THE US Pentagon is about to present its plans to get President Trump’s ‘Space Force’ off the ground. And it could become reality within months.

According to DefenceOne, the US Defence Department plans to establish three of the four elements necessary to create a formalised militarised space service. This includes a new combat command, a new equipment procurement agency and a corps of ‘warfighters’ drawn from existing services with experience in missile and space operations.

Such moves are all within the Pentagon’s power, DefenceOne says, despite US Congress having yet to sign off on the controversial concept pitched by President Trump.

But one vital element is not within President Trump’s reach: creating the financial management and facilities support network necessary to make Space Force fully functional.

The Pentagon now plans to spend the rest of the year developing a “legislative proposal for the authorities necessary to fully establish the Space Force”.

A first taste of this plan is contained within a 14-page draft report expected to be handed to members of Congress later this week.

“The Department of Defence is establishing a Space Force to protect our economy through deterrence of malicious activities, ensure our space systems meet national security requirements and provide vital capabilities to joint and coalition forces across the spectrum of conflict,” DefenceOne reports the draft report as reading. “DoD will usher in a new age of space technology and field new systems in order to deter, and if necessary degrade, deny, disrupt, destroy and manipulate adversary capabilities to protect US interests, assets and way of life … This new age will unlock growth in the US industrial base, expand the commercial space economy and strengthen partnerships with our allies.”


The news of the fast-tracking of Space Force comes as a former secretary of the US air force expressed doubts at a Brooking Institution function today.

“It is a virtual certainty that it will be a huge undertaking that will consume a lot of time, effort, thinking,” Deborah Lee James said.

“I do not believe we should have a separate space force”.

James said she feared the project could quickly become buried in expensive bureaucratic minutiae.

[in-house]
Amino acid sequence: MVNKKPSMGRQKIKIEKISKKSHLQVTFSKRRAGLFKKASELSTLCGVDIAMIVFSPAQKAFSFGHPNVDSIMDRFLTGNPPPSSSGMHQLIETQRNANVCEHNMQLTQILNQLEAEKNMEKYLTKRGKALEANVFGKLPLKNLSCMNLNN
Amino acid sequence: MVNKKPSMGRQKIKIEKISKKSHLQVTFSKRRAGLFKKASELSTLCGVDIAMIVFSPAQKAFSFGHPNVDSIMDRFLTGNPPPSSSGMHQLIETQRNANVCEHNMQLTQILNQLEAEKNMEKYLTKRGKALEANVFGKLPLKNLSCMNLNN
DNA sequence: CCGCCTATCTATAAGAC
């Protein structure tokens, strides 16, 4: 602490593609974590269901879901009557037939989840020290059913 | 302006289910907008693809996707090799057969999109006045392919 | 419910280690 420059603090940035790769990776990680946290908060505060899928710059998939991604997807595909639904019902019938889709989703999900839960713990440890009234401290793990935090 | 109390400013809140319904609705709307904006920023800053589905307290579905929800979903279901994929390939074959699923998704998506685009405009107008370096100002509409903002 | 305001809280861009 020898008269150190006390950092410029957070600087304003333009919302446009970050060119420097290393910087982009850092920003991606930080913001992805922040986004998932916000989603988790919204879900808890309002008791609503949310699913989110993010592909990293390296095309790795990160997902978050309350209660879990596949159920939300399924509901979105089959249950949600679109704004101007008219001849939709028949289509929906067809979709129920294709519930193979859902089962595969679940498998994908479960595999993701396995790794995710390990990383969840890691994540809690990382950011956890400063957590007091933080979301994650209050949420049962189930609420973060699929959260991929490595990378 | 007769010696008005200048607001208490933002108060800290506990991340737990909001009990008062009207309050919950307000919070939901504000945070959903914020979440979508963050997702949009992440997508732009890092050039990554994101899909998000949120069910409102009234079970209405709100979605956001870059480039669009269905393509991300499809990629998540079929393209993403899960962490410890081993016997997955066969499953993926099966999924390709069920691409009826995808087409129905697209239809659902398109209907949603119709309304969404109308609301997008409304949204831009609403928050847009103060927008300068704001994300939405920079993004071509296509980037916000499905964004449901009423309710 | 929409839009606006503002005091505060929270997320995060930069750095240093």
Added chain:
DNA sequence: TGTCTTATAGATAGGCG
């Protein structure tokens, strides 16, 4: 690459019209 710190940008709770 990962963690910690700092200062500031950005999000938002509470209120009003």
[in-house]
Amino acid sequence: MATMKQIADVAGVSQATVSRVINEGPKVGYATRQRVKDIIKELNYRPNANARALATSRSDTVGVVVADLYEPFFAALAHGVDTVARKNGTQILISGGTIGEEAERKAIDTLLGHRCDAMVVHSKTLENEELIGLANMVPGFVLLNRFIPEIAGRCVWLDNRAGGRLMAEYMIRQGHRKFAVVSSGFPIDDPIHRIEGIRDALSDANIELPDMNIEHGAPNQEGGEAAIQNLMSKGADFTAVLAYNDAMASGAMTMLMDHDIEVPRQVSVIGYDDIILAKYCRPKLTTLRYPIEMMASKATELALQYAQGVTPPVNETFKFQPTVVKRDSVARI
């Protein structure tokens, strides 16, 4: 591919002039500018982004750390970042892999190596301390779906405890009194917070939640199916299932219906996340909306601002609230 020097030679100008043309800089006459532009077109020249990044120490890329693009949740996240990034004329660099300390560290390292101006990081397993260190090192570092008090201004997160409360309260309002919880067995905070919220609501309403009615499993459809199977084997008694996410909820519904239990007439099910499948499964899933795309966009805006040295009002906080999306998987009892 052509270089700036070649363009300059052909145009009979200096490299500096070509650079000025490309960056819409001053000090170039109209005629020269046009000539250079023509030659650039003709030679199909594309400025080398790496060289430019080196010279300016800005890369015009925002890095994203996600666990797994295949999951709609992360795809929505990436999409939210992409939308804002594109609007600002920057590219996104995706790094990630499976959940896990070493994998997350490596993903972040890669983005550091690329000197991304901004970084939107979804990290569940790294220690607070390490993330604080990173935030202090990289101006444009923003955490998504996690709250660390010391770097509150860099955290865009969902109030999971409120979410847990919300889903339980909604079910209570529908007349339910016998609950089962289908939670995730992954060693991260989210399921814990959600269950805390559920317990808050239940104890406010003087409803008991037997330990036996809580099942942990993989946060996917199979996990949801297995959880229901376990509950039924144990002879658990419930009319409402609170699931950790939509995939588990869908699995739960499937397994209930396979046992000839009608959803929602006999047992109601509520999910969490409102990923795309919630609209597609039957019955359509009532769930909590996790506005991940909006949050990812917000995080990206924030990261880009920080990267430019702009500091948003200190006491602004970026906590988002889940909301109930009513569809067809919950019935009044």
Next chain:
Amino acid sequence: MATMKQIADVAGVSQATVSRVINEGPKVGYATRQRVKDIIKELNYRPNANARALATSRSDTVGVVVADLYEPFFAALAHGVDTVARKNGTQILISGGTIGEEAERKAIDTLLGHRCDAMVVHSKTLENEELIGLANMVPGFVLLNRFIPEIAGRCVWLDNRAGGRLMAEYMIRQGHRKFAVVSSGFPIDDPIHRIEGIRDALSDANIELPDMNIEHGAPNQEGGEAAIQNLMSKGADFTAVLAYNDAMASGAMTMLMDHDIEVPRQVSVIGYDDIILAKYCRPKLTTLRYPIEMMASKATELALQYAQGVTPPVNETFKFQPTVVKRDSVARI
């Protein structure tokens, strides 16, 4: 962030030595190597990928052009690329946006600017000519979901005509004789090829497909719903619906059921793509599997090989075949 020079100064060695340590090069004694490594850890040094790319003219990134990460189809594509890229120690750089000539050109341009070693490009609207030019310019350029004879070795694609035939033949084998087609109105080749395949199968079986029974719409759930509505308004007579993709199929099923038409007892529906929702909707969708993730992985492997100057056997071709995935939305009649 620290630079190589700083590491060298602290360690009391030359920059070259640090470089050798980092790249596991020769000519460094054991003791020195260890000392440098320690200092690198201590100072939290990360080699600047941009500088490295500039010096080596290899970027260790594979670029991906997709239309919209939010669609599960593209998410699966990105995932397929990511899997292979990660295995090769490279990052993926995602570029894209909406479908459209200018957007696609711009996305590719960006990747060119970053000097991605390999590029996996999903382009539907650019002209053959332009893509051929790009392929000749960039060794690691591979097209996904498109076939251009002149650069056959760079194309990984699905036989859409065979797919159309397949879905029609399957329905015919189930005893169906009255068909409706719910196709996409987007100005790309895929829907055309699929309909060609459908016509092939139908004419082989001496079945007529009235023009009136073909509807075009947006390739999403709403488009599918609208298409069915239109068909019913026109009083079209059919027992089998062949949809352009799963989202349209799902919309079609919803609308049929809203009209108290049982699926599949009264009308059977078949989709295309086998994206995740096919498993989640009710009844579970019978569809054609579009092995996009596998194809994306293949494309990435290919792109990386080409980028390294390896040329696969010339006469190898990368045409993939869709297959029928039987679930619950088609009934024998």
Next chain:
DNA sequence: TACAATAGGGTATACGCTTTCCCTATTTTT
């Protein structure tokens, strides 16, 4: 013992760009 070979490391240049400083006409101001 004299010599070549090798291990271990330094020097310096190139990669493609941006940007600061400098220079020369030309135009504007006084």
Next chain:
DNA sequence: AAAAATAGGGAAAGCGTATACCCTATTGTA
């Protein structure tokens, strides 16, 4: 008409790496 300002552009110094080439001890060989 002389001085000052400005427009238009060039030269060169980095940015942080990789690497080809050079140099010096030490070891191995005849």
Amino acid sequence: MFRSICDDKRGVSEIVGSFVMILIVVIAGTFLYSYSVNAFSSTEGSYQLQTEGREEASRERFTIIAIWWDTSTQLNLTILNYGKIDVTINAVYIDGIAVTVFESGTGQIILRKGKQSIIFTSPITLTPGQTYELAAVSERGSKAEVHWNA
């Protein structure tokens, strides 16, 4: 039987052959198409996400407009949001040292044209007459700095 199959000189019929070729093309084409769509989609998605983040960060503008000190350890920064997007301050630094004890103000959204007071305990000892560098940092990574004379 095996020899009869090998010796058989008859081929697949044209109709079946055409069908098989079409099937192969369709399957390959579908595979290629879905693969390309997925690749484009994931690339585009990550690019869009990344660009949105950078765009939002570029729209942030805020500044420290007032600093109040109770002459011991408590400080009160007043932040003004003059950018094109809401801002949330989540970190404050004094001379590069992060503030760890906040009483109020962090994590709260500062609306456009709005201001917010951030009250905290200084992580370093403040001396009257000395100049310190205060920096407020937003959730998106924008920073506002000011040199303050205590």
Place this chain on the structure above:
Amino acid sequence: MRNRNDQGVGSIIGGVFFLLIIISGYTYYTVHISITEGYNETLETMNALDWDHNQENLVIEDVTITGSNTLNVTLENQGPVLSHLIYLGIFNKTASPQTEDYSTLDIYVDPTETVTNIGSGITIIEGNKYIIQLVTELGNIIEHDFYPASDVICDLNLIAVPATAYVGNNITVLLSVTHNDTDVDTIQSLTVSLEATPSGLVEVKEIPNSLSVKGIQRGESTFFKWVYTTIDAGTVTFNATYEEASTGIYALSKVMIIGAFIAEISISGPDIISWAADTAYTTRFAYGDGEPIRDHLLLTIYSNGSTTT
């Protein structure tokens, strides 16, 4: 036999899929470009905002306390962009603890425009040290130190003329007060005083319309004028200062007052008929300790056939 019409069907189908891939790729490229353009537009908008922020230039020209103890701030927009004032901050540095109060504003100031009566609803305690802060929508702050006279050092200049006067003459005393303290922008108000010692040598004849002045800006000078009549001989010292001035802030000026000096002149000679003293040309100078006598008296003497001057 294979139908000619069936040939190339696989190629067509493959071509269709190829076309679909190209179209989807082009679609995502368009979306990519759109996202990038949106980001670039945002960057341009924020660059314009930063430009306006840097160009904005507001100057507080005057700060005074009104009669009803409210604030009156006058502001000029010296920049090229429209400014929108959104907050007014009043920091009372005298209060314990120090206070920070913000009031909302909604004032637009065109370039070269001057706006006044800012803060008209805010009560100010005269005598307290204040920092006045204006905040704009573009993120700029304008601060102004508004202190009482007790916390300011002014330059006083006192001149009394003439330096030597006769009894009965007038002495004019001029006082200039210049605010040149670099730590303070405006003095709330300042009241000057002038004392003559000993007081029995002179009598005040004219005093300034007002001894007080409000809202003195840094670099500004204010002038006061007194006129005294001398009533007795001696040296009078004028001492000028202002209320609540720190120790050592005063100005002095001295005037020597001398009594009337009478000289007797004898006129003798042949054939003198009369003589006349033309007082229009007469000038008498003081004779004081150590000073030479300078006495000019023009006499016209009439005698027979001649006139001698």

“The myriad of details which people joke about, the academies, the uniforms and what not, those may seem trivial but they are details that need to be worked out,” she said.

And the wealth of resources needed to support a sixth branch of the military could otherwise have been spent on actual warfighting equipment.

“I do not know how much it would cost to set up a separate military service but if anyone thinks you’re going to do it on the cheap I will tell you that I’ve never seen anything like this done on the cheap,” James said.

As the previous secretary of the US air force, James is free to voice her concerns.

But they echo those being expressed more quietly by many existing senior Pentagon commanders.

Chief among the dissenters is the US air force, which is the current operator of most of the US space defence assets. The US Army also has an extensive Missile Defence Agency.

Both face losing control of these specialist forces if Space Force becomes an independent arm of the US military.


President Trump first voiced his ambition to create a new armed service dedicated to combat in space during his 2016 election campaign. In March, he declared he was now turning that into reality.

“I am hereby directing the Department of Defence and Pentagon to immediately begin the process necessary to establish a space force as the sixth branch of the armed forces,” Trump told the National Space Council last month.

“Our destiny beyond the Earth is not only a matter of national identity but a matter of national security,” he said.

Just as the existing US Special Forces Command oversees equipment and personnel drawn from the likes of the Army, Navy, Marine Corps and air force, many believe Space Command should do the same thing.

It will draw together expert units from every service already focused on what’s going on above our atmosphere, in areas such as ballistic missile defence and satellite operations.

“The Department will recommend that the President revise the Unified Campaign Plan to create the new US Space Command by the end of 2018 and evaluate the need for any additional personnel, responsibilities and authorities,” the report says.

“Similar to Special Forces personnel provided by all military services, the Space Operations Force will be composed of the space personnel from all Military Services, but developed and managed as one community.”

But Trump’s vision is more ambitious: with Congressional approval, he wants space capabilities stripped out of existing services and bundled under their own leadership.